Journal by Dorothy Wordsworth

This journal is an account of a weeklong journey that Dorothy and William Wordsworth took around Ullswater, the second largest lake in the English Lake District, in early November 1805. Though it is short—only sixteen pages—it encompasses a great deal. Wordsworth (in this introduction, “Wordsworth” refers to Dorothy) describes the landscape, the flora and fauna, and the seasonal changes with the sensitivity that characterizes her nature writing generally; she recounts local stories and customs; she notes distant events (the British victory at the Battle of Trafalgar, the death of Admiral Nelson), and the poverty and suffering close to home; and she writes powerfully of the memories that the different places they visit hold for her. This was not a journey in unfamiliar territory; the siblings stayed with and were accompanied by friends on their walks throughout the week, and they were traveling through terrain that they knew well.
The Morgan manuscript was not created while the Wordsworths were traveling. Though organized as a day-by-day account, it is in fact a reconstruction of the events of the week. There is an earlier version of the text at the Wordsworth Trust in Grasmere, but that too was composed after the fact. Circumstantial evidence suggests that the Grasmere manuscript was created not long after the trip itself, and the Morgan manuscript, though it cannot be dated precisely, was probably created soon after that. The Morgan manuscript is a clean, revised version of the text that Wordsworth appears to have made for Lady Margaret Beaumont, with whom she also corresponded during the trip. Sir George Howland and Lady Margaret Beaumont were friends and patrons of the Wordsworths as well as numerous other writers and artists of the period, among them Samuel Taylor Coleridge (mentioned in the text). This journal is part of a large collection of letters and manuscripts addressed to the Beaumonts, a collection purchased by the Morgan in 1959 and cataloged as MA 1581.1-297.

The blue paper wrapper in which the journal is enclosed was probably added by a later owner, not by Wordsworth. The words that appear on the first page, “a mountainous ramble / by D Wordsworth / sister to the poet,” are most likely in Lady Beaumont’s hand. In addition, the dating in the account is off by one day; the Wordsworths left Grasmere on November 6th, not the 7th, and this error carries through the text.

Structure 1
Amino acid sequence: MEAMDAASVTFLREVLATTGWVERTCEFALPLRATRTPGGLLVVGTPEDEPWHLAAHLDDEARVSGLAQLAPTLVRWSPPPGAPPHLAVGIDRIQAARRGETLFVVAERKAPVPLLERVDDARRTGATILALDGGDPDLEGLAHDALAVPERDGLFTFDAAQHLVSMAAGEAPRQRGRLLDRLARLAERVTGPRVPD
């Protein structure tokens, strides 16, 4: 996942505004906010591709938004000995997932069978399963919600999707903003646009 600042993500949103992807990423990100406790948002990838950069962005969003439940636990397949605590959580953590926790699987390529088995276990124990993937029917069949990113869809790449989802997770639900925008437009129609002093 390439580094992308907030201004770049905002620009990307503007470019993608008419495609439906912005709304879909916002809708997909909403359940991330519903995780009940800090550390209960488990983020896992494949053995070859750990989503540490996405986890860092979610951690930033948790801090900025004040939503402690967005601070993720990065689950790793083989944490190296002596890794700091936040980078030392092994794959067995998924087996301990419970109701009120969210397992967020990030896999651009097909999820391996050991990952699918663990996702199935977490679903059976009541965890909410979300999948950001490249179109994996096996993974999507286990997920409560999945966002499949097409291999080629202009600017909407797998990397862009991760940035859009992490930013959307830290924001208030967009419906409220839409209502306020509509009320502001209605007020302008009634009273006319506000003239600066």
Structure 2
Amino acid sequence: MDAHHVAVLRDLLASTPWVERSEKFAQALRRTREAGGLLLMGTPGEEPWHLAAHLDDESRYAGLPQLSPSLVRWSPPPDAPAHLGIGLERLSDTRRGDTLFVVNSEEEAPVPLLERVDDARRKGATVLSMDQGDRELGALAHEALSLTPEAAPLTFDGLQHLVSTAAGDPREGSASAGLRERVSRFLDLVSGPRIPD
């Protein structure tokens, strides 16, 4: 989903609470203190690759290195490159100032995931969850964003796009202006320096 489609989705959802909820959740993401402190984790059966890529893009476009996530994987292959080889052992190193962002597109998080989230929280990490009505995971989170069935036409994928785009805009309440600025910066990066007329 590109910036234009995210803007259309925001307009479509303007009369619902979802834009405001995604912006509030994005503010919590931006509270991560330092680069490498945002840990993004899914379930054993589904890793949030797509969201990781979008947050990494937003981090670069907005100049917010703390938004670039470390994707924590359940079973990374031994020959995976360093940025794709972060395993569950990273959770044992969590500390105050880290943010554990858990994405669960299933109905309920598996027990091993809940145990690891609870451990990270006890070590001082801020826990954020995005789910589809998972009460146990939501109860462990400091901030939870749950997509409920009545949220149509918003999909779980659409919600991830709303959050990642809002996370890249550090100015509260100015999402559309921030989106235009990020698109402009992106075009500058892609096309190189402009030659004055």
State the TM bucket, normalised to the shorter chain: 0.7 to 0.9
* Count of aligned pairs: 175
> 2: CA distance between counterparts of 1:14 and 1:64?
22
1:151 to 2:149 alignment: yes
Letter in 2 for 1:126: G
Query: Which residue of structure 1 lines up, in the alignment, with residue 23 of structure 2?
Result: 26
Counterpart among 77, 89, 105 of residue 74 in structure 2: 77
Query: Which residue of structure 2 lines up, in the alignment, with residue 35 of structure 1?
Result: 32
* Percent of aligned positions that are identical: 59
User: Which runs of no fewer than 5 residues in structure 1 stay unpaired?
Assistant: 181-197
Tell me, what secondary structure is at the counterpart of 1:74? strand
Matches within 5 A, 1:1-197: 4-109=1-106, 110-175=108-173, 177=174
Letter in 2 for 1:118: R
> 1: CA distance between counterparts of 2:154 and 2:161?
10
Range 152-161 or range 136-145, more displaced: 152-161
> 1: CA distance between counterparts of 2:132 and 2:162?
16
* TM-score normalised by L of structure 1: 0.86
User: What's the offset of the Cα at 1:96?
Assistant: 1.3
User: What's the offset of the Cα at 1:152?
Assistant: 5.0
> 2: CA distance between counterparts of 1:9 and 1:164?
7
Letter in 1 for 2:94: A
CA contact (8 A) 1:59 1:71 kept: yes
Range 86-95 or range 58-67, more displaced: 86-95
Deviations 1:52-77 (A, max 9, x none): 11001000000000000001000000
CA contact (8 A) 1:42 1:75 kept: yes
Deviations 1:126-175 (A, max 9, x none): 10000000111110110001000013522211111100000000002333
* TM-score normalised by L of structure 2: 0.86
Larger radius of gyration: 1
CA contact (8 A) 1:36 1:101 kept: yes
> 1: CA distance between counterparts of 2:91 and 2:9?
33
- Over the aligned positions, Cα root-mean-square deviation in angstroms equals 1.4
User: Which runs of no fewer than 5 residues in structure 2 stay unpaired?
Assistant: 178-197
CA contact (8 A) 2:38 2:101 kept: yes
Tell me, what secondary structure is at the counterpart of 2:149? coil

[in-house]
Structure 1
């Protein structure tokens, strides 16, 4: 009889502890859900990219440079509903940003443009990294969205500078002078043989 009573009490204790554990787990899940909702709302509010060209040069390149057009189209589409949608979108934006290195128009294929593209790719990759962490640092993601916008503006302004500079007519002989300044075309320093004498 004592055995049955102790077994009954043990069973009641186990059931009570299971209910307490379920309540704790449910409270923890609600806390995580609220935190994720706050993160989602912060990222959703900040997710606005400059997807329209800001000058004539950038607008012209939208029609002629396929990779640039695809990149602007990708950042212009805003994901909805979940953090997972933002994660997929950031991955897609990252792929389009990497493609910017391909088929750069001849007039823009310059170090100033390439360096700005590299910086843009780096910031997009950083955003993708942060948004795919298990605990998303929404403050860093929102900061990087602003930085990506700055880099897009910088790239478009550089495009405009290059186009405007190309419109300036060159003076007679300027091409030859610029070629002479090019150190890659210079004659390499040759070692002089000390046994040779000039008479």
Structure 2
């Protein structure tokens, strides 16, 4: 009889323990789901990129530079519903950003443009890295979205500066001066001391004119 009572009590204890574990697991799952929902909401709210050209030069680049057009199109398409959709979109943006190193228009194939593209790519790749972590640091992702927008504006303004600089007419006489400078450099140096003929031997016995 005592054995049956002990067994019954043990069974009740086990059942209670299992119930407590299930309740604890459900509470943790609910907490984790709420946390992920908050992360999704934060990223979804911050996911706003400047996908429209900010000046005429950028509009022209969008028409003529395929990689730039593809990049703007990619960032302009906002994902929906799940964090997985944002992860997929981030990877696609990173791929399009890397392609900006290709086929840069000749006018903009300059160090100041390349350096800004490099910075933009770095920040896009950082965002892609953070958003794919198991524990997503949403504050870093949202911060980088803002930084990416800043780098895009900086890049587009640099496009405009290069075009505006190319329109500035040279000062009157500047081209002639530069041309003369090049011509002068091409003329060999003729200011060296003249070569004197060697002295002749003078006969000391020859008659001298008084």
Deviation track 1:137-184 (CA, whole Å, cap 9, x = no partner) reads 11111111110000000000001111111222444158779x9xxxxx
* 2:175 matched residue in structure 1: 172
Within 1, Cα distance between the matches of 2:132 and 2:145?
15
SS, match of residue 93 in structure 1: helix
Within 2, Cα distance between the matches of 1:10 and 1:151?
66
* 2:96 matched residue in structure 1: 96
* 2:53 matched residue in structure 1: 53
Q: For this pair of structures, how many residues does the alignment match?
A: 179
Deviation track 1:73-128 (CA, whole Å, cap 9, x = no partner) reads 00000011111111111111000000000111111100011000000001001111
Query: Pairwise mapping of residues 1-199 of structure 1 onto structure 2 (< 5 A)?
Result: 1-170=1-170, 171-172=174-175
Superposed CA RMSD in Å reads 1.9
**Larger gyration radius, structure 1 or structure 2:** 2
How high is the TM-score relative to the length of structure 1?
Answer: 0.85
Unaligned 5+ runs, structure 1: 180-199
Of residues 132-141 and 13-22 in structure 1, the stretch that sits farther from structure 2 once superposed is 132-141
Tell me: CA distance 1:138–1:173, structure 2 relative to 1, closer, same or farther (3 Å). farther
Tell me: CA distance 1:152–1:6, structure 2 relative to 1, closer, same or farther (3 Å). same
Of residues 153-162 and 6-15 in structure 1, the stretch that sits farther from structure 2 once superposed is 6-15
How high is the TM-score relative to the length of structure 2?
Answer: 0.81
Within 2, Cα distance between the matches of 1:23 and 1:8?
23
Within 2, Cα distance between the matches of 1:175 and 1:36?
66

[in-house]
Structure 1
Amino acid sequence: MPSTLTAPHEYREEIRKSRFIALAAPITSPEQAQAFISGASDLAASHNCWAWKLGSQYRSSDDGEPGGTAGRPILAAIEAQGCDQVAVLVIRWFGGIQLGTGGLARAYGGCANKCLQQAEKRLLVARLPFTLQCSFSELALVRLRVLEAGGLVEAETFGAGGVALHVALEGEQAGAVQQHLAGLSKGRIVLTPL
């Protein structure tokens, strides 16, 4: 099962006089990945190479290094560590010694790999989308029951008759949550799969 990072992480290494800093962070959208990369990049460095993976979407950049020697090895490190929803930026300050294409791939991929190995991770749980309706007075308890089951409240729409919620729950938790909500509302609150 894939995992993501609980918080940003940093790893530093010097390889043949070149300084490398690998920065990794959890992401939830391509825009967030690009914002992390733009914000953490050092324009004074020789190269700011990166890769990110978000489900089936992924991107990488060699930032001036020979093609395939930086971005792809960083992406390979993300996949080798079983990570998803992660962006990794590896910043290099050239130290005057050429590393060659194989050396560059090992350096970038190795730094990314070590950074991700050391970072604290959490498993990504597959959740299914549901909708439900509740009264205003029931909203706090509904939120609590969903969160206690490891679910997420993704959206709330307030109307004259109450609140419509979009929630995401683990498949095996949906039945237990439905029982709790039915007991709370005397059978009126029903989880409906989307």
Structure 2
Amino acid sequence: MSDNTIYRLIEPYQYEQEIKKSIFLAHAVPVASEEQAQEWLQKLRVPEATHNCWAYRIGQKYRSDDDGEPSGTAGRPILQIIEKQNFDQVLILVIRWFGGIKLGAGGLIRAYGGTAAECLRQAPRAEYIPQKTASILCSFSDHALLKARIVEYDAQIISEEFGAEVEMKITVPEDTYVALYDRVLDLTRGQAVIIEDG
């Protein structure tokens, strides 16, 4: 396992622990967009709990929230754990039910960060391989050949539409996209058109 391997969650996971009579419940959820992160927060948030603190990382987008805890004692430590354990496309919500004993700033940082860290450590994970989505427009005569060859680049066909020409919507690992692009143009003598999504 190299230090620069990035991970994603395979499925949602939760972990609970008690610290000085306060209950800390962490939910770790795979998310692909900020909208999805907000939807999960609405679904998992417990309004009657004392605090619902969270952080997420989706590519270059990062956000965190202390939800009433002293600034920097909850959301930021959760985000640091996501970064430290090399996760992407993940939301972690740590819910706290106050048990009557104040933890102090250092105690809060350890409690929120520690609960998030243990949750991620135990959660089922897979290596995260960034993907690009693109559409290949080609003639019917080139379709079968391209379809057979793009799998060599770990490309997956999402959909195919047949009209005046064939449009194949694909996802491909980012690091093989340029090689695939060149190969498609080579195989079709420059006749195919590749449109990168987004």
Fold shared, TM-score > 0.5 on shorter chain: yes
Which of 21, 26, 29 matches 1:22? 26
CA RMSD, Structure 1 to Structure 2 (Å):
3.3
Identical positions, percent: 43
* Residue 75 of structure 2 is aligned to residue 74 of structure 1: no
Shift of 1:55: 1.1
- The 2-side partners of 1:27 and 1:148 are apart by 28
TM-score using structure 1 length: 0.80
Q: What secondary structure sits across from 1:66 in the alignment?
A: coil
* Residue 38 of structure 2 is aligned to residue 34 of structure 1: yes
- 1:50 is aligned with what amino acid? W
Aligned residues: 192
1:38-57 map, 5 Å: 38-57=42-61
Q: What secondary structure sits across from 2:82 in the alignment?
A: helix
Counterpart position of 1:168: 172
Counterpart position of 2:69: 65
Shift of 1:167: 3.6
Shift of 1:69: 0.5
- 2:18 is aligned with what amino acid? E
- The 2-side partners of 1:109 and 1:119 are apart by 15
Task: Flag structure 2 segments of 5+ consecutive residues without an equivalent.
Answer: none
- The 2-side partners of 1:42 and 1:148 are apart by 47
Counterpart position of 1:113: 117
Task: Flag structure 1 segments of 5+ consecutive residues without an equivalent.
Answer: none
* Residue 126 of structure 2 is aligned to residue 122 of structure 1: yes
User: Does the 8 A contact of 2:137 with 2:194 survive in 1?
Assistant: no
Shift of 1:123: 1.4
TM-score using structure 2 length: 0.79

William Wordsworth incorporated his sister’s account, in a slightly altered form, in the 1823 edition of his Guide to the Lakes. A significant portion of the text first appeared under Dorothy Wordsworth’s name in 1883, in Transactions of the Wordsworth Society, edited by William Angus Knight. Knight then included it in his Journals of Dorothy Wordsworth (Macmillan & Co.,1897). This remained the established text until Ernest de Sélincourt’s edition in his Journals of Dorothy Wordsworth (Macmillan & Co., 1941), which supplemented Knight’s version of the text with readings from the Grasmere manuscript. An annotated transcription of the journal is forthcoming on the website Romantic Circles as part of a new scholarly edition of Dorothy Wordsworth’s Lake District writings, edited by Michelle Levy, Nicholas Mason, and Paul Westover. The transcription that accompanies this digital facsimile was prepared by Conor Hilton, Nicholas Mason, and Paul Westover of Brigham Young University, and it is used with the editors’ permission.

Introduction by Sal Robinson, Assistant Curator of Literary and Historical Manuscripts, 2020.

Dorothy Wordsworth
Journal by Dorothy Wordsworth, 1805 November : autograph manuscript
Purchased from Benjamin Ifor Evans, 1954
MA 1581.233

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